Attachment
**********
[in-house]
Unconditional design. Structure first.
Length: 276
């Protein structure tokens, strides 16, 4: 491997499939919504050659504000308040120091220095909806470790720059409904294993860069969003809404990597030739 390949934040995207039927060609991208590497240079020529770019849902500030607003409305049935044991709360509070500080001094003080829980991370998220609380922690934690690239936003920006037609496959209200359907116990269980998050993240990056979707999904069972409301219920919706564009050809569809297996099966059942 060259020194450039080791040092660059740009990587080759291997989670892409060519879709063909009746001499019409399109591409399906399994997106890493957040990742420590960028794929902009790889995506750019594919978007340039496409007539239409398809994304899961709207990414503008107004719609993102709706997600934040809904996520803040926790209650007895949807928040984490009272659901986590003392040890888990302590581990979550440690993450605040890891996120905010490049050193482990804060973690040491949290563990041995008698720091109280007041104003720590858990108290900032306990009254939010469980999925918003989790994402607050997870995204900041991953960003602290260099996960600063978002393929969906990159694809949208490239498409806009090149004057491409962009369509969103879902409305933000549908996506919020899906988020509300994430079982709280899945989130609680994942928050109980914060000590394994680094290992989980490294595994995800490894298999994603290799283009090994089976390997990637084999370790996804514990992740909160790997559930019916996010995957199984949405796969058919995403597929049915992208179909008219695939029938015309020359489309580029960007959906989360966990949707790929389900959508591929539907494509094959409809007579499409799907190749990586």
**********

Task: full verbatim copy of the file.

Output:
[in-house]
Unconditional design. Structure first.
Length: 276
């Protein structure tokens, strides 16, 4: 491997499939919504050659504000308040120091220095909806470790720059409904294993860069969003809404990597030739 390949934040995207039927060609991208590497240079020529770019849902500030607003409305049935044991709360509070500080001094003080829980991370998220609380922690934690690239936003920006037609496959209200359907116990269980998050993240990056979707999904069972409301219920919706564009050809569809297996099966059942 060259020194450039080791040092660059740009990587080759291997989670892409060519879709063909009746001499019409399109591409399906399994997106890493957040990742420590960028794929902009790889995506750019594919978007340039496409007539239409398809994304899961709207990414503008107004719609993102709706997600934040809904996520803040926790209650007895949807928040984490009272659901986590003392040890888990302590581990979550440690993450605040890891996120905010490049050193482990804060973690040491949290563990041995008698720091109280007041104003720590858990108290900032306990009254939010469980999925918003989790994402607050997870995204900041991953960003602290260099996960600063978002393929969906990159694809949208490239498409806009090149004057491409962009369509969103879902409305933000549908996506919020899906988020509300994430079982709280899945989130609680994942928050109980914060000590394994680094290992989980490294595994995800490894298999994603290799283009090994089976390997990637084999370790996804514990992740909160790997559930019916996010995957199984949405796969058919995403597929049915992208179909008219695939029938015309020359489309580029960007959906989360966990949707790929389900959508591929539907494509094959409809007579499409799907190749990586």